Equine infectious anemia (EIA) is a viral disease in horses caused by a lentivirus, the same group of viruses that causes AIDS (acquired immune deficiency syndrome) in people, and immune-deficiency disease in cows and cats.
Like AIDS, the horse won’t get EIA by ”casual contact” with infected horses. The greatest risk is with exposure to blood when there is a break in the skin. Most horses become infected when a large biting insect feeds on an infected animal, has residual blood on its mouth and bites an uninfected animal within four hours. The association with biting insects is where the disease got the name ”Swamp Fever.” Sharing of needles between horses is another possible route for spreading the infection.
The incubation period for EIA is about 30 days on the average, with a range of 14 to 40 days. Symptoms of the infection range from a short-lived fever to a full-blown acute disease with high fever, petecchial hemorrhages (small red dots) on the mucus membranes, anemia, jaundice, weakness and edema of the belly and/or legs. In some cases, the horse may die during this acute phase.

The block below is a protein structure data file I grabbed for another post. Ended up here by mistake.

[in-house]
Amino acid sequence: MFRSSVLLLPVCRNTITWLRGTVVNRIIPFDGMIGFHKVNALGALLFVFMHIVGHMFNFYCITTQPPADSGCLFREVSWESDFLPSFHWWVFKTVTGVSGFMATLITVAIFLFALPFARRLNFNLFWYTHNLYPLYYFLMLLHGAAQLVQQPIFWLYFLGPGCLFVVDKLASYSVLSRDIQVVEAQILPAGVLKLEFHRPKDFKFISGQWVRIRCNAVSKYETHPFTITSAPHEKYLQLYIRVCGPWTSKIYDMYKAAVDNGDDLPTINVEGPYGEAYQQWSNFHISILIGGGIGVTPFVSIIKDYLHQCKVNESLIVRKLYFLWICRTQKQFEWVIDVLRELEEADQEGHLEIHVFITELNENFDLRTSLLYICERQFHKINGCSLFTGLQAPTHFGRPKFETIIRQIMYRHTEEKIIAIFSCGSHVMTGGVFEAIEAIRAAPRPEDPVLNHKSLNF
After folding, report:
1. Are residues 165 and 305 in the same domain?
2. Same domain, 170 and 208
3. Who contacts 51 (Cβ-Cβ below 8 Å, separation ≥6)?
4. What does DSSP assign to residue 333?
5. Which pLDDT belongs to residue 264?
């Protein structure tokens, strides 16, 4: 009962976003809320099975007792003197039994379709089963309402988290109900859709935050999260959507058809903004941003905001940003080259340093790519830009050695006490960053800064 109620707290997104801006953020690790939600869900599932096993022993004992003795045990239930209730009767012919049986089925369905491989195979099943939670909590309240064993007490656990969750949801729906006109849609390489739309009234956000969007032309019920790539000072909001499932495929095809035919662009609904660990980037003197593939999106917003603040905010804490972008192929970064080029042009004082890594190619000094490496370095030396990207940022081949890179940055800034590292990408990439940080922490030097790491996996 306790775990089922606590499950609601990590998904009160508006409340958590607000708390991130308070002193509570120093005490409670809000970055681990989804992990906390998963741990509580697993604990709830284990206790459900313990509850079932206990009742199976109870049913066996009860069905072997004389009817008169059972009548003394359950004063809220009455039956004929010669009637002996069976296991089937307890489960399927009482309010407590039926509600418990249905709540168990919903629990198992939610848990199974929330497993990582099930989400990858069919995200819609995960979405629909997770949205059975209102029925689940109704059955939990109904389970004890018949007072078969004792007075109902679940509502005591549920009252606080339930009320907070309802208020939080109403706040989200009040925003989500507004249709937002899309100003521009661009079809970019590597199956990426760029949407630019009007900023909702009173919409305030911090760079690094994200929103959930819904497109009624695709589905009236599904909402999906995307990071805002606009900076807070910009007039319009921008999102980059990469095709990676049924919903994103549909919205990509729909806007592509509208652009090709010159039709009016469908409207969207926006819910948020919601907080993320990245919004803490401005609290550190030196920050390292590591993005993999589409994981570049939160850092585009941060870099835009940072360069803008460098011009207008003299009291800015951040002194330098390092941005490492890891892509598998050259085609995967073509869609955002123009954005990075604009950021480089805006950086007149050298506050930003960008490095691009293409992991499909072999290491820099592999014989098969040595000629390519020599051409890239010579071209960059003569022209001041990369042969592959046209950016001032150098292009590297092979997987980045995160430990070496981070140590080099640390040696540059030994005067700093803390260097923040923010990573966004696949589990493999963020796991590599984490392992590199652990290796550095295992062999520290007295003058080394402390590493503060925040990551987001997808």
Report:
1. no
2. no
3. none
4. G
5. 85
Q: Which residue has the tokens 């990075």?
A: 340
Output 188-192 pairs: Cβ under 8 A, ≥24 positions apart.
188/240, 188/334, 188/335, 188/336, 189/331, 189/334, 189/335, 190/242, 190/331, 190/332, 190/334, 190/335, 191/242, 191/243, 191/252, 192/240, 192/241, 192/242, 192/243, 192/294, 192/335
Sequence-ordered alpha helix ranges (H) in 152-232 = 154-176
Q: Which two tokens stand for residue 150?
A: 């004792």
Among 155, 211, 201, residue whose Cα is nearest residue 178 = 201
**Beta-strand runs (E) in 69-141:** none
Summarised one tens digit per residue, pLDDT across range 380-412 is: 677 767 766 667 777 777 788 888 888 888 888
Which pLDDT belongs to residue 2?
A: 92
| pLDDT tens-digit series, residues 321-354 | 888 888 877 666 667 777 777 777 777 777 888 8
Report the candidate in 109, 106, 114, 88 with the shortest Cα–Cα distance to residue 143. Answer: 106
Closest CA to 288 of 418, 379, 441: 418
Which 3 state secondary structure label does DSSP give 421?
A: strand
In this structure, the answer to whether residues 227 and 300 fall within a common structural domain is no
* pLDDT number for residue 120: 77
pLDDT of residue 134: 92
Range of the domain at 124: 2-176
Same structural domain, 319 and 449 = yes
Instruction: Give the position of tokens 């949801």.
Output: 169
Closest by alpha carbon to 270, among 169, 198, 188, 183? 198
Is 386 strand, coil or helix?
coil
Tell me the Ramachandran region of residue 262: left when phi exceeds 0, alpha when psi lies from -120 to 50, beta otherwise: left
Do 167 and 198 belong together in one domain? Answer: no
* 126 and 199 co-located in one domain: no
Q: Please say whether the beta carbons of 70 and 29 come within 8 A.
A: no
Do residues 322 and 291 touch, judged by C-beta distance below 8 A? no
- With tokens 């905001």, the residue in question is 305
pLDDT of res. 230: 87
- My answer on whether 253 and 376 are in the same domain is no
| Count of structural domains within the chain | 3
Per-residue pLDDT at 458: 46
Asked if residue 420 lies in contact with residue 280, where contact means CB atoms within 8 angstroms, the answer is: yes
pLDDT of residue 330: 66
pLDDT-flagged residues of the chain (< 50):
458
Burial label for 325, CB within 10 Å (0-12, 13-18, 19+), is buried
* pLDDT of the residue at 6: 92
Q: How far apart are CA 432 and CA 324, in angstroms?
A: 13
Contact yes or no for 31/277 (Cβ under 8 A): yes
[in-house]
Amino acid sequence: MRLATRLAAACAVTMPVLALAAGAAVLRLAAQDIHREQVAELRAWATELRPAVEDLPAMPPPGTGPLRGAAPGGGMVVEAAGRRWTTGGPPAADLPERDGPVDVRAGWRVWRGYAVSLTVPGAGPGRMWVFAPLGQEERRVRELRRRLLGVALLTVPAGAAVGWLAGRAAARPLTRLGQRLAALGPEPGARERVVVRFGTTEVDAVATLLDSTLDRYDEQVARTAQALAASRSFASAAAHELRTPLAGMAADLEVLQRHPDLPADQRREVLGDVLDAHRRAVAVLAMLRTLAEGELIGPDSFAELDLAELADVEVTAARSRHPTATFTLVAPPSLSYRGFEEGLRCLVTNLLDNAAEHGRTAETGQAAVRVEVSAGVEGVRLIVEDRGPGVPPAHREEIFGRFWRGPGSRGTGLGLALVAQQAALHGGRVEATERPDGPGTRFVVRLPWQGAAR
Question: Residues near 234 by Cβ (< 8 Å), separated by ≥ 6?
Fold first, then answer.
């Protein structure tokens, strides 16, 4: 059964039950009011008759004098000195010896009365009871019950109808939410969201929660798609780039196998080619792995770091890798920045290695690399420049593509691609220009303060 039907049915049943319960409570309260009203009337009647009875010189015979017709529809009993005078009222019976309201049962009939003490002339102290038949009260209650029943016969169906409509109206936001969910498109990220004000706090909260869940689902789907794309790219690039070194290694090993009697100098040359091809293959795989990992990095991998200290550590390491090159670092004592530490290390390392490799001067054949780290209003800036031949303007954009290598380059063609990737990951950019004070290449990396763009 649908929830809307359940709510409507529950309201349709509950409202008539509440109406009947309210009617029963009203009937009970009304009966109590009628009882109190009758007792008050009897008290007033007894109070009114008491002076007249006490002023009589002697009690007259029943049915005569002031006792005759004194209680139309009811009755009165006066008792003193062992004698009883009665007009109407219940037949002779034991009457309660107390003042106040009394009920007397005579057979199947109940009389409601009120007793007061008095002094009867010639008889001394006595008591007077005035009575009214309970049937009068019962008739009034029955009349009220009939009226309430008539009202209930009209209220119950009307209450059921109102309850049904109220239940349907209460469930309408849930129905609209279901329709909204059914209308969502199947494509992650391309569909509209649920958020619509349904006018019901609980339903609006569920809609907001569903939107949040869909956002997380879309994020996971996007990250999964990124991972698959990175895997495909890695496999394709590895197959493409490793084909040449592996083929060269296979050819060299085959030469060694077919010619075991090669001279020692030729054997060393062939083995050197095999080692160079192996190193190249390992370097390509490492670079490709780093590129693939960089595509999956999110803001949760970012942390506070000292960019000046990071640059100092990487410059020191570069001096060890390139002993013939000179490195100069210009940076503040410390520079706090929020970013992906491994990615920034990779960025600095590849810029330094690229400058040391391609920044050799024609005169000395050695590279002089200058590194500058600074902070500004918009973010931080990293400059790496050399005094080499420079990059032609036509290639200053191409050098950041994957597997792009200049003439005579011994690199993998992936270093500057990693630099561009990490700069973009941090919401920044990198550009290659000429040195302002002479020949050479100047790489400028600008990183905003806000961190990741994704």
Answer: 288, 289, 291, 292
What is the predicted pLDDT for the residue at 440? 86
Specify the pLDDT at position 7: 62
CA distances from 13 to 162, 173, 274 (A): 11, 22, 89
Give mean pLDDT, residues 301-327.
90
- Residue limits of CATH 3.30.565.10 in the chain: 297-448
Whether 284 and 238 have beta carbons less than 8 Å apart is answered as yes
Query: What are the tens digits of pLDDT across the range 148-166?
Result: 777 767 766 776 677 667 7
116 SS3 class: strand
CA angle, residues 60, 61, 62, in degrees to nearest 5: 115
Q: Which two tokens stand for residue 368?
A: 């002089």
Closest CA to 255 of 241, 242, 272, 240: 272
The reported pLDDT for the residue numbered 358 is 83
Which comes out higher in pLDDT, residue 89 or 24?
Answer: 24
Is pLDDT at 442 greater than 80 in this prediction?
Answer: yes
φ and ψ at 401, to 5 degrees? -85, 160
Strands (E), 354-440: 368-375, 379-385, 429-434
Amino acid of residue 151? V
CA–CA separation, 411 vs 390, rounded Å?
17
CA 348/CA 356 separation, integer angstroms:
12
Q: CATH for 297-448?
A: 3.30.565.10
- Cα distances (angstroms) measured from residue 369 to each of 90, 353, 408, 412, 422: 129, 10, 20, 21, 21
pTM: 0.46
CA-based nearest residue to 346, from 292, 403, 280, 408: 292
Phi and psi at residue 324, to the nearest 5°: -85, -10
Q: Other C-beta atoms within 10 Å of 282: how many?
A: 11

Survivors of the acute phase will either become inapparent carriers or develop a chronic disease characterized by slow wasting and cycling fevers. They may appear healthy between attacks of acute symptoms but lose condition, have low energy, anemia and often low platelet counts.
Inapparent carriers are just that — horses carrying the virus but showing no symptoms. These horses may go their entire lives without having EIA-related problems but could be pushed into showing symptoms by any significant stress.
What the Virus Does
Although anemia is a symptom, the virus doesn’t directly attack the red blood cells. It prefers a form of white blood cells. Early in the infection, the virus sets up shop in these cells located in the horse’s spleen.
The appearance of symptoms coincides with immune system activation. This virus triggers a reaction called the ”complement cascade.” This is similar to what happens in horses with strangles that develop the complication of Purpura Hemorrhagica. Circulating complexes of viral antigen and the horse’s antibodies activate the complement system. Cells coated by these complexes, including red cells, are targeted for destruction. Blood clotting is activated, producing the hemorrhages on the mucus membranes and the potential for hemorrhage in the GI tract, urinary tract or nosebleeds. The antigen antibody complexes can also precipitate in the kidneys, causing kidney damage.